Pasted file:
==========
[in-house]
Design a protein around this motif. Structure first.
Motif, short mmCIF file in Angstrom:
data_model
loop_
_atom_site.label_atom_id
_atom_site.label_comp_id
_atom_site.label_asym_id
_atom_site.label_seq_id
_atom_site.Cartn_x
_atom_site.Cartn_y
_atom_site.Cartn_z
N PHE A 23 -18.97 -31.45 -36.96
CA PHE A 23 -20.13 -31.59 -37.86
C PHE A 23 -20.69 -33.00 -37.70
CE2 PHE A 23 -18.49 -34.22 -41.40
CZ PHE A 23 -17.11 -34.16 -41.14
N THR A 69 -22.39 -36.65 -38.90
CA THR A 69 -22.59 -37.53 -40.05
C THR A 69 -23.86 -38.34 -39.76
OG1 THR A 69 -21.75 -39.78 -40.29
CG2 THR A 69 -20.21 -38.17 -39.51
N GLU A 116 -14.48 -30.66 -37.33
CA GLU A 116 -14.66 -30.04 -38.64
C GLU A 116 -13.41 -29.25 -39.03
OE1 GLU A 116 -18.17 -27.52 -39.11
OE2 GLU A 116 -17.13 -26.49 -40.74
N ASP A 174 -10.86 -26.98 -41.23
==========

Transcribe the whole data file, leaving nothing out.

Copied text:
[in-house]
Design a protein around this motif. Structure first.
Motif, short mmCIF file in Angstrom:
data_model
loop_
_atom_site.label_atom_id
_atom_site.label_comp_id
_atom_site.label_asym_id
_atom_site.label_seq_id
_atom_site.Cartn_x
_atom_site.Cartn_y
_atom_site.Cartn_z
N PHE A 23 -18.97 -31.45 -36.96
CA PHE A 23 -20.13 -31.59 -37.86
C PHE A 23 -20.69 -33.00 -37.70
CE2 PHE A 23 -18.49 -34.22 -41.40
CZ PHE A 23 -17.11 -34.16 -41.14
N THR A 69 -22.39 -36.65 -38.90
CA THR A 69 -22.59 -37.53 -40.05
C THR A 69 -23.86 -38.34 -39.76
OG1 THR A 69 -21.75 -39.78 -40.29
CG2 THR A 69 -20.21 -38.17 -39.51
N GLU A 116 -14.48 -30.66 -37.33
CA GLU A 116 -14.66 -30.04 -38.64
C GLU A 116 -13.41 -29.25 -39.03
OE1 GLU A 116 -18.17 -27.52 -39.11
OE2 GLU A 116 -17.13 -26.49 -40.74
N ASP A 174 -10.86 -26.98 -41.23